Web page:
By Rob Burtonshaw
A turning point for drainage?
By Rob Burtonshaw
Britain’s looming exit from the European Union may create opportunities to elevate drainage’s profile in the country’s agricultural policies.
I feel like the little boy who cried wolf. In my last column I predicted a reduced workload and belt tightening, but as it happens, we have had just as busy a year as last year. Lesson learnt; from now on you will hear no predictions from me.
Obviously on this occasion I’m very happy to be proven wrong. My error was due to being fortunate enough to win a couple of large jobs and the demand for drainage being far more robust than I expected. Despite low wheat prices and average rainfall, growers are still investing in drainage. This is excellent news. Here in the U.K. many farmers are taking soils seriously. For many years this has not been the case, but right now soils are in fashion. The pages of the farming press are full of articles about soil health, cover crops and no-till. With the exception of a sentence or two explaining how important it is, drainage still tends to be overlooked, but this is still an improvement. The more thought and value a farmer places in the soil, the more likely he or she is to think about installing drainage. I’m sure this is feeding the growth in our business and it is most welcome, especially as changes are afoot.
Following the referendum result on June 23, Britain will at some point leave the European Union. What this means is still unknown and, bearing in mind my earlier comments, I will refrain from even the slightest suggestion of a prediction. The change may be minimal or it may be the biggest change in British agriculture since the end of the Second World War. In addition, whilst we know this event will happen, we have absolutely no idea when it will happen. I’ll be honest: I voted to remain and some of the reasons for my vote were work-related. I think British agriculture had a good (although sometimes maddening) deal in place. The European Union’s Common Agricultural Policy (CAP) took up 40 percent of the EU’s budget and, for all its faults, paid what many could describe as generous subsidies to European farmers. Sectors like drainage, which offer long-term investments, prosper in stable and predictable economic conditions – something the CAP tried and sometimes succeeded in providing. Time will tell if the vote to leave will turn out to be a good decision, but what we have now is an opportunity to influence policy and regulation.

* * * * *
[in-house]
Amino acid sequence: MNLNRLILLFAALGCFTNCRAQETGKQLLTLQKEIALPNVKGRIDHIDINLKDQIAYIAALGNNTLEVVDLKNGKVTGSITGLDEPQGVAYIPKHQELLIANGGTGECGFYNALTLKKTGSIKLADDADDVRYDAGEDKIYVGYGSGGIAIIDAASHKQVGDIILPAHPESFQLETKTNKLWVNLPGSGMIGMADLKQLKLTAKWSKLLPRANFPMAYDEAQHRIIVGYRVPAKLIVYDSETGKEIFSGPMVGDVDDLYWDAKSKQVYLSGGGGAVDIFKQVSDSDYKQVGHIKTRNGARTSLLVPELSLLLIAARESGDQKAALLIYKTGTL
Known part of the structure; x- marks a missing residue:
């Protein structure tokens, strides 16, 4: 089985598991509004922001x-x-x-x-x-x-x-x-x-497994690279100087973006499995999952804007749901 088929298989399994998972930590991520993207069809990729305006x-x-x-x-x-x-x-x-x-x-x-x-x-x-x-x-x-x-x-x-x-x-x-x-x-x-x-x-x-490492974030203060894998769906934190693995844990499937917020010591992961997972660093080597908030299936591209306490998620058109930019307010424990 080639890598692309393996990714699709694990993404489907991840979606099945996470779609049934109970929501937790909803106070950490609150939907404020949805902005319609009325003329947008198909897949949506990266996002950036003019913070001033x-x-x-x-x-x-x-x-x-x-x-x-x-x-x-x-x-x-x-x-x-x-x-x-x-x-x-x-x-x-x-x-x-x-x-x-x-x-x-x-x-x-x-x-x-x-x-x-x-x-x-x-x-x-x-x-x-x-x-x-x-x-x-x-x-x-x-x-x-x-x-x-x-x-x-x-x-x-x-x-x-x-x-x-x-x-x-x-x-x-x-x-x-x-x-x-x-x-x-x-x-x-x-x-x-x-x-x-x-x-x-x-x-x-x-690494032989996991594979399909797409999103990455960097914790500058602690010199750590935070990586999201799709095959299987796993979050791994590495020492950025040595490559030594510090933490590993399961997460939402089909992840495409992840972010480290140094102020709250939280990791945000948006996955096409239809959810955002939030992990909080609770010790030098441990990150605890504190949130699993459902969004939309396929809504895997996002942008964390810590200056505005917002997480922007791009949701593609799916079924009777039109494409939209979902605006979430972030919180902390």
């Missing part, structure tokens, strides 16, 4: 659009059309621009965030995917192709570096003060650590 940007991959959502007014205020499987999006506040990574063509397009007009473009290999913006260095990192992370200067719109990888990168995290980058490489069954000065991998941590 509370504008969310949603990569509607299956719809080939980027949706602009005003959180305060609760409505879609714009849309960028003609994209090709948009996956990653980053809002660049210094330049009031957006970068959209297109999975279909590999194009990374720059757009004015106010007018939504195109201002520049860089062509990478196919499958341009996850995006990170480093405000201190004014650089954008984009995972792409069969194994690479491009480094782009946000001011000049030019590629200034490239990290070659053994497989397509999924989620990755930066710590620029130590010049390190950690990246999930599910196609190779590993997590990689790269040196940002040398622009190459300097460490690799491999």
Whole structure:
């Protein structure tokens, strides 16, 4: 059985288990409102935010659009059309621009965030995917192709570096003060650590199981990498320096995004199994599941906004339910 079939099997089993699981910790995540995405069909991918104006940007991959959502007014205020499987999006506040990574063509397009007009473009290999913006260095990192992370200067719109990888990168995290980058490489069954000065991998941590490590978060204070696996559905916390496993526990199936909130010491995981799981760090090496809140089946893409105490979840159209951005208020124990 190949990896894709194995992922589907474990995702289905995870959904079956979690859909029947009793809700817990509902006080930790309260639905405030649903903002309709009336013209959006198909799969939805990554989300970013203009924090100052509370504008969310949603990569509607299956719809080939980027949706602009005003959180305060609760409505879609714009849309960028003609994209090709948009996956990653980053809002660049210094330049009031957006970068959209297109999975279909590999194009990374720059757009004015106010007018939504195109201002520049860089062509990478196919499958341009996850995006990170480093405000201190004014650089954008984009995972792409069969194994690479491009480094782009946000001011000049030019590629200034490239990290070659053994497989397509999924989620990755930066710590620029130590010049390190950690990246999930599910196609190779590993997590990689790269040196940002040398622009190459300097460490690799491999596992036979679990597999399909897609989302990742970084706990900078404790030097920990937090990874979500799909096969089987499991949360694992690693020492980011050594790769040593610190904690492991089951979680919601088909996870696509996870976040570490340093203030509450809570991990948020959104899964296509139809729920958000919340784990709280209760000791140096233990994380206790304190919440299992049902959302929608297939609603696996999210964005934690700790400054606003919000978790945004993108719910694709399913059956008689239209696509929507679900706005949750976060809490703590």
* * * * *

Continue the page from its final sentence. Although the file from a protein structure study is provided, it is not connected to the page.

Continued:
It will be difficult to make our industry’s voice heard. We are a small part of the agricultural sector, which in turn is a small part of the British economy. I’m not entirely sure how we can do it (and maybe we can’t), but the recent interest in soils will, perhaps, offer not just an increase in workload but also an opportunity to leverage that interest into influence on regulation. There is a viewpoint that soils and good soil health are vital not just for successful farming but for the environment. Soil has the potential to act as a store for carbon dioxide. This might be a very useful characteristic. If wet soils prevent or hinder reduced tillage practices, it might provide a successful argument to promote drainage and a favorable regulatory framework. I do not know what will happen, but as always, my answer will be to work hard, put pipe in the ground as efficiently as possible and promote drainage as much as I can. We seem to be living in some interesting times.